Tazewell County residents gathered at the Tazewell County Justice Center in Pekin on Wednesday and Thursday of last week to voice their opposition to the proposed windmill farms, known as the Rail Splitter 2. Since the proposal of the windmill farm, an opposition group has formed, known as the United Citizens of Tazewell County (UCTC). As part of their efforts, the UCTC has hired counsel who was allowed 90 minutes to make opening statements on Tuesday evening. During that time, the attorney spoke about the important issues as seen by UCTC. In short, these issues come down to the distance between homes and each individual windmill, along with wanting improvements made to sound limits, shadow flickers which results in a strobe light effect to those who may live in the shadows of windmills, along with addressing the red strobe lights that rest atop the windmills. The group hopes to succeed in being granted a moratorium on development, to grant more time for further research into the impact the windmill farm will have on local residents.
UCTC counsel laid these concerns out in front of a packed crowd and then fielded questions from Tazewell County government, such as the zoning board. Following the Q & A, a recess was called and those inside the Justice Center were surprised to see that a TV and chairs were set up outside to accommodate the overflow of citizens who attended the meeting. As I took a seat outside, the next phase of the meeting began: the rebuttal from EDP Energy, the company behind the proposed windmill farm. The group of representatives were sworn in after introducing themselves and telling the room where they are from. From my spot, sitting outside, there were many remarks about the fact that all the representatives were from the Chicagoland area. “They don’t even live around here! Can you believe that?”, one resident, who asked to not be named, said to me.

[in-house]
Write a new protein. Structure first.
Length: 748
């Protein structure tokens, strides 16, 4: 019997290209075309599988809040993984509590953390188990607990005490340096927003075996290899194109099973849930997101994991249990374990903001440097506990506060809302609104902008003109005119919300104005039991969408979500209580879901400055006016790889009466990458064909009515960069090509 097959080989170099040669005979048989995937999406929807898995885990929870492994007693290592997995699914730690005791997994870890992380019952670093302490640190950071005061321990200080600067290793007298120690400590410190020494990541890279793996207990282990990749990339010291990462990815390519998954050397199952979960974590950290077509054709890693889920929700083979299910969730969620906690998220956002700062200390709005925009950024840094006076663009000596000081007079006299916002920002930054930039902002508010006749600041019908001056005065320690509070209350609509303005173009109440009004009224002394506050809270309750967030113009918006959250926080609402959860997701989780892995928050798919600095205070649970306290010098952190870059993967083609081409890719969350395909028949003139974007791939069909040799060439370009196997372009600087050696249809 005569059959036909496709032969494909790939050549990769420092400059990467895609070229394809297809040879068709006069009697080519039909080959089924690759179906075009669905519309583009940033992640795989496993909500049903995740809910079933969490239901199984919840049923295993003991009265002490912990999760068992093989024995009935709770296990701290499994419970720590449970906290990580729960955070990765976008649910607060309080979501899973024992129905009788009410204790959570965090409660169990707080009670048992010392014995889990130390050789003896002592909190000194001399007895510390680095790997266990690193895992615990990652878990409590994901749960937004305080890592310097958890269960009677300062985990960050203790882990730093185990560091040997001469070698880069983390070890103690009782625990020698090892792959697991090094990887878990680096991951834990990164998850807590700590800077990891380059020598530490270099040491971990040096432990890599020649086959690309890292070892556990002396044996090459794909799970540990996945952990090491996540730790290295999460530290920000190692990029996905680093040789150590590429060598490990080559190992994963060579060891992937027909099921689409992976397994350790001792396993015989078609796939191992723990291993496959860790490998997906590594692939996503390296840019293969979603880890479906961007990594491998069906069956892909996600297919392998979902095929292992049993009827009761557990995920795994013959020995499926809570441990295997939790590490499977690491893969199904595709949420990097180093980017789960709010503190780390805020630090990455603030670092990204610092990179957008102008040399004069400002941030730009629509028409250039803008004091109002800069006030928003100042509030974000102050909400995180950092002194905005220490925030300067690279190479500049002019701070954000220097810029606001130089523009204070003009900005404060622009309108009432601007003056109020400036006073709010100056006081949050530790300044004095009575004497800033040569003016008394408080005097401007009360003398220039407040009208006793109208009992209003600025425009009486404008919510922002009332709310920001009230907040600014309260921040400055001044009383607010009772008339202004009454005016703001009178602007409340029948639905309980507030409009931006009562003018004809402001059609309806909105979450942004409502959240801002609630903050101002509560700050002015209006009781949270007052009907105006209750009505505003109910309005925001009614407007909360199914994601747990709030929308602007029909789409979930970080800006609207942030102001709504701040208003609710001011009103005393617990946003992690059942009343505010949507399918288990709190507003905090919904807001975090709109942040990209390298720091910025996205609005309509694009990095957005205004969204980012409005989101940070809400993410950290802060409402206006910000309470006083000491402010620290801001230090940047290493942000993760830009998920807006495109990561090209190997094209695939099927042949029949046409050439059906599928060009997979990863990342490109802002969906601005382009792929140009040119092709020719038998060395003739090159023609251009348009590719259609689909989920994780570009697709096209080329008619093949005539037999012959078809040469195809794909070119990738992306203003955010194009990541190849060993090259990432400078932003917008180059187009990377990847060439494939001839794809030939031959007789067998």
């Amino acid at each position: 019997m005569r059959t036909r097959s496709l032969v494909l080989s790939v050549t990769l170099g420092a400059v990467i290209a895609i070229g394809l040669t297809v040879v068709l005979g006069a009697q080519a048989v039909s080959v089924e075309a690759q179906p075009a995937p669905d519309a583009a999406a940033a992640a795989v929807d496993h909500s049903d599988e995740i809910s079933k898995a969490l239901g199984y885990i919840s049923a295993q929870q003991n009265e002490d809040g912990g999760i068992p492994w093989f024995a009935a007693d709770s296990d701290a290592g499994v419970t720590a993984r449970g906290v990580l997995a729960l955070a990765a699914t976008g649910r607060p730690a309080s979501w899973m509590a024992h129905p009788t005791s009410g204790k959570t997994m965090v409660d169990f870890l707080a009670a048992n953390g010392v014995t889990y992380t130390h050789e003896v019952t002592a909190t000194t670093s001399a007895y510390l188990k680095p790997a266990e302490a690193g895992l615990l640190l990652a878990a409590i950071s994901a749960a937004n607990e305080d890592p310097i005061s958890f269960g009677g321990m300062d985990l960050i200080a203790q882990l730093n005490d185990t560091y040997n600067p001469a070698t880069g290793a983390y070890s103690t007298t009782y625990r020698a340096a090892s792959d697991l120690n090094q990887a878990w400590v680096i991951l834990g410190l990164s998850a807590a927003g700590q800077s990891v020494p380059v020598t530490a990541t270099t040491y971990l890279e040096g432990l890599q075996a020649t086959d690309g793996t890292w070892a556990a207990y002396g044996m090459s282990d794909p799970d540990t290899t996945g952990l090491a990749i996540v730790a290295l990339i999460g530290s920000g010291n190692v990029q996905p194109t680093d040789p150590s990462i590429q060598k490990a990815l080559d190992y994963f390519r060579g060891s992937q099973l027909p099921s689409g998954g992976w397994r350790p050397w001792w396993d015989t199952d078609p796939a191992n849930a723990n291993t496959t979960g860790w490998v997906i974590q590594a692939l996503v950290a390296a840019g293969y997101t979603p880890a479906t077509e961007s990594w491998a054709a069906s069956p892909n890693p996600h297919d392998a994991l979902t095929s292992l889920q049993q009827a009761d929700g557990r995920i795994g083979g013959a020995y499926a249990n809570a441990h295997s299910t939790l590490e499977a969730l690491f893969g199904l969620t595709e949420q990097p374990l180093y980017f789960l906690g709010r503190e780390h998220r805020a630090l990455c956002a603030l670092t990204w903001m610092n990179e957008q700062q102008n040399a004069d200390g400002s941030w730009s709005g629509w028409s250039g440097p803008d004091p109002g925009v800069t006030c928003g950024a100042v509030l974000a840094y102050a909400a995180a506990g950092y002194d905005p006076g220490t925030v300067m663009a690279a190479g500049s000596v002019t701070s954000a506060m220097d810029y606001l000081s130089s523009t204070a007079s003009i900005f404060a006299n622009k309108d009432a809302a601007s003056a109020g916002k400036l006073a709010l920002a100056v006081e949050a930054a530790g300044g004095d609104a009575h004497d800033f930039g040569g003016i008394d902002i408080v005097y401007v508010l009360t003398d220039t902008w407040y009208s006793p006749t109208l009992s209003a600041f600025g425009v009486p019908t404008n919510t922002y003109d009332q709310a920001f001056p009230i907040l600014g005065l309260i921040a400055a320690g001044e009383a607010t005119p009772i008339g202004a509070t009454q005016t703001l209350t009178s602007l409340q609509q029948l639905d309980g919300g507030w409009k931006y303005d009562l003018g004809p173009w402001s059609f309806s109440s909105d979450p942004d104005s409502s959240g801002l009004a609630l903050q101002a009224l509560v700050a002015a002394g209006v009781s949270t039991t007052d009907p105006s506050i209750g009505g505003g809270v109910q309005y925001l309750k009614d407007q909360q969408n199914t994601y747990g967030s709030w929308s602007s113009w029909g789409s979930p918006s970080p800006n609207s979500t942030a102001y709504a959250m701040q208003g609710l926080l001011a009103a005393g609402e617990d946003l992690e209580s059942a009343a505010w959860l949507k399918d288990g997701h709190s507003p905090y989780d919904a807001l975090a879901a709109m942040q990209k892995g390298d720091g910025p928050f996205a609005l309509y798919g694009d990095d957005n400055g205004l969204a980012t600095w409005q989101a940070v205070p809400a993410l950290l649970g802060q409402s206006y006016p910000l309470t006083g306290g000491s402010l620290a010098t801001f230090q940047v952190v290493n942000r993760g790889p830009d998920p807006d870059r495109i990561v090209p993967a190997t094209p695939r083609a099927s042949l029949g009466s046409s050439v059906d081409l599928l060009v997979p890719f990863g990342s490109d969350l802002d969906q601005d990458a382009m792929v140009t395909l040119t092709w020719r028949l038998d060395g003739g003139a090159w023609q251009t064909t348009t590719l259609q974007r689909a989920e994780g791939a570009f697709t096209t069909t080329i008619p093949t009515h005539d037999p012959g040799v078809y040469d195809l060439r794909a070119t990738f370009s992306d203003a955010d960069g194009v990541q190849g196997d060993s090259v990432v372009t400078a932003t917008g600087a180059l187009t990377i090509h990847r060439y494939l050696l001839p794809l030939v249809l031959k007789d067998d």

During their rebuttal, group representatives mentioned economic incentives the windmill farm provides, along with addressing decommissioning concerns, and claimed that updating the current energy ordinance would essentially nullify “state of the art” developments that have occurred in the industry since the ordinance was last updated in 2009.
Wednesday evening, it was time for the general public to be heard. 36 residents signed up to speak their minds, with some siding with the UCTC while others saying that they’ve had positive experiences with the Rail Splitter 1, the first windmill farm in the area.
A final decision on the issue is expected at the last meeting which is being held at 5:30 P.M. on Wednesday, June 15th. Anyone who would like to attend is encouraged to show up at 101 South Capitol St.